There are ways to stand apart from the crowd. Some people dye their hair green or purple, some do tattoos in odd places or pierce odd parts of the body. All those are messages. What's interesting is not what people do but why they do it. Dancing for yourself, because you have a need to move is different than dancing to show off and attract attention to yourself.

          My philosophy is to be comfortable with myself, not being ashamed of who I am, what I look like or what I do. It's, actually, a lack of inhibition. This means doing what I feel like doing and not doing what I don't feel like doing. So, yes, if you feel like dancing - why not?

          However, often people do strange things for exactly the opposite reason - they "wear a mask" to hide their vulnerabilities or things they may be ashamed of. This may often be the case when people are forced to conform to rules and requirements.

          I'm not sure if I explain this clearly enough. In some cases, people behave in unusual way because of internal comfort, in the other case, people behave strangely because of internal conflict. I think, if we understand our own motivations, conscious and subconscious, it's a lot easier to make our messages clear to others. Avoiding internal conflicts may help to avoid conflicts and misunderstandings with others.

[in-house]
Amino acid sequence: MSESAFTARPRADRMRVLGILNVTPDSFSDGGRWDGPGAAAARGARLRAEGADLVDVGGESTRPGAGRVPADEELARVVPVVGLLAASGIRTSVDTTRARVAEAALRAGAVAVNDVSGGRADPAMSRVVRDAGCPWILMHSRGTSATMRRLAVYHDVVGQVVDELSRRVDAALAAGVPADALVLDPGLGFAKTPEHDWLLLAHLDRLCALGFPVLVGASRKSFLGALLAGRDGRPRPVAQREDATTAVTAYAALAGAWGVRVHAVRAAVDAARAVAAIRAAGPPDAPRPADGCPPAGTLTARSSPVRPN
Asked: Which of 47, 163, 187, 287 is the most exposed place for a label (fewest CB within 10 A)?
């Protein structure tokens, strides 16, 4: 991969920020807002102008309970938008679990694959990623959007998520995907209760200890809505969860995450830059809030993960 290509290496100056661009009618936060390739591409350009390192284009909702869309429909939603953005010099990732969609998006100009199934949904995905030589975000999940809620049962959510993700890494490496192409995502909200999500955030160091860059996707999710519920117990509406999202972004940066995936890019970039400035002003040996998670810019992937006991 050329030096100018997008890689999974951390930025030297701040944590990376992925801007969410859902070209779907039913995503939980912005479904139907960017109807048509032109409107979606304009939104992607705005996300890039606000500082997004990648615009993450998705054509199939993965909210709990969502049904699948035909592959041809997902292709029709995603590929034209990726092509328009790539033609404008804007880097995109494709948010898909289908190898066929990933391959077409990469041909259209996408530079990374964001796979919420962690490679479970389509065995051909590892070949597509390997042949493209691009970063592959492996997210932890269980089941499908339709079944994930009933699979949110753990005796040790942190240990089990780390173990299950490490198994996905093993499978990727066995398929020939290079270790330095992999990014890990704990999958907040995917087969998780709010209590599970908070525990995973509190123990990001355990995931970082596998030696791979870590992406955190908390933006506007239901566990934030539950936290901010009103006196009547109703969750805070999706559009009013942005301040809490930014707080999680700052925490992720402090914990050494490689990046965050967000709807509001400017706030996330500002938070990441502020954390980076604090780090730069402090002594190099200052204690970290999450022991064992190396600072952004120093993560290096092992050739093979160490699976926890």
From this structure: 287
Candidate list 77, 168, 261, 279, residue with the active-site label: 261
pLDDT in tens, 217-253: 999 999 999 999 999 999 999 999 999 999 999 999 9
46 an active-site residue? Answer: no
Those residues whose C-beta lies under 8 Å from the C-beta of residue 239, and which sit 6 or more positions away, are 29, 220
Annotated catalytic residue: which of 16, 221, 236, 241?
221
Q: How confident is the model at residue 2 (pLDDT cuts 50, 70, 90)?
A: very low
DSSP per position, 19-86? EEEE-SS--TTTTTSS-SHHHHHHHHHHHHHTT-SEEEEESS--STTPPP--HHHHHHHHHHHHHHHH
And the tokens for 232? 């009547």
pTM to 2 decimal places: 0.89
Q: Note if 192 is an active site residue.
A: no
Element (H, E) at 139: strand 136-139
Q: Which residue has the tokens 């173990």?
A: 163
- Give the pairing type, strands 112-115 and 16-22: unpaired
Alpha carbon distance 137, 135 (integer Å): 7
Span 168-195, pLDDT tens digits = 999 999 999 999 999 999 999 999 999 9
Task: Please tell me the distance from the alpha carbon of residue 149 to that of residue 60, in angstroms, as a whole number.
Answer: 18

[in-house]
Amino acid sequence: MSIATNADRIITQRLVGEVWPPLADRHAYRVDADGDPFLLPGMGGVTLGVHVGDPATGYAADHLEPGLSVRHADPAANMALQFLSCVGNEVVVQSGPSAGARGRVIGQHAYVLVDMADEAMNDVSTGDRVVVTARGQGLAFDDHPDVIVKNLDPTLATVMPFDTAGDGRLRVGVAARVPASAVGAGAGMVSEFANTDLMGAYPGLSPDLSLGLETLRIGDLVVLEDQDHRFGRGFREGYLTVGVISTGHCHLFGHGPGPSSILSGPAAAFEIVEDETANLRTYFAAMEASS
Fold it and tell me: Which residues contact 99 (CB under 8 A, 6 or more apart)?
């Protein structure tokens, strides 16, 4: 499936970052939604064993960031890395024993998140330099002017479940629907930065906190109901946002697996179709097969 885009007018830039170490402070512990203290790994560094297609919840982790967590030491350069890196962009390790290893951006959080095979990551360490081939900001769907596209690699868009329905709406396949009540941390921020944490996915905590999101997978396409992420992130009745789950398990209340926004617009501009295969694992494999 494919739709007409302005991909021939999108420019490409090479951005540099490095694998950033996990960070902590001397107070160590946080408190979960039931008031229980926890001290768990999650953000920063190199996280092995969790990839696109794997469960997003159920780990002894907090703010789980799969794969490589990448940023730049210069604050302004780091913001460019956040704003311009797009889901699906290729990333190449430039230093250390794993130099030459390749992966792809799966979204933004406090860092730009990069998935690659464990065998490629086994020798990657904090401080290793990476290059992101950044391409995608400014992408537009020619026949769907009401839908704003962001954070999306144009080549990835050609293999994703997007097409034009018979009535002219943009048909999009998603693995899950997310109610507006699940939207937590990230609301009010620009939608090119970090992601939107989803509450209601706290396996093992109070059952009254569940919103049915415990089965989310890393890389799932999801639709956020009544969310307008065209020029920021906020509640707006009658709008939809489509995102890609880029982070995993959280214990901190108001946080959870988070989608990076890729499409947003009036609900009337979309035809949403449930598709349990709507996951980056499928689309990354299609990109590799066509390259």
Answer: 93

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        Jul 26 2013: right, Arkady, but don't you feel like most people are somewhat inhibited, conform to what others are doing and sometimes don't do things they'd like to do?
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          Jul 26 2013: Yes. I often feel that. E.g. I like to dance Argentine tango, but my wife doesn't and she is not comfortable with the idea of me dancing tango with others. So, I have not danced tango for many years now.

          At the same time, I recall one time when my wife and I were getting out for a walk and she wore a dress that I wasn't comfortable with, for some reason. She wore it nevertheless and, as we were walking down the street, we had many people coming up to her making her compliments for her dress. Since then, I trust her taste.

          I can deal with my own inhibitions. I think, it's a bigger problem when people try to impose their inhibitions onto others.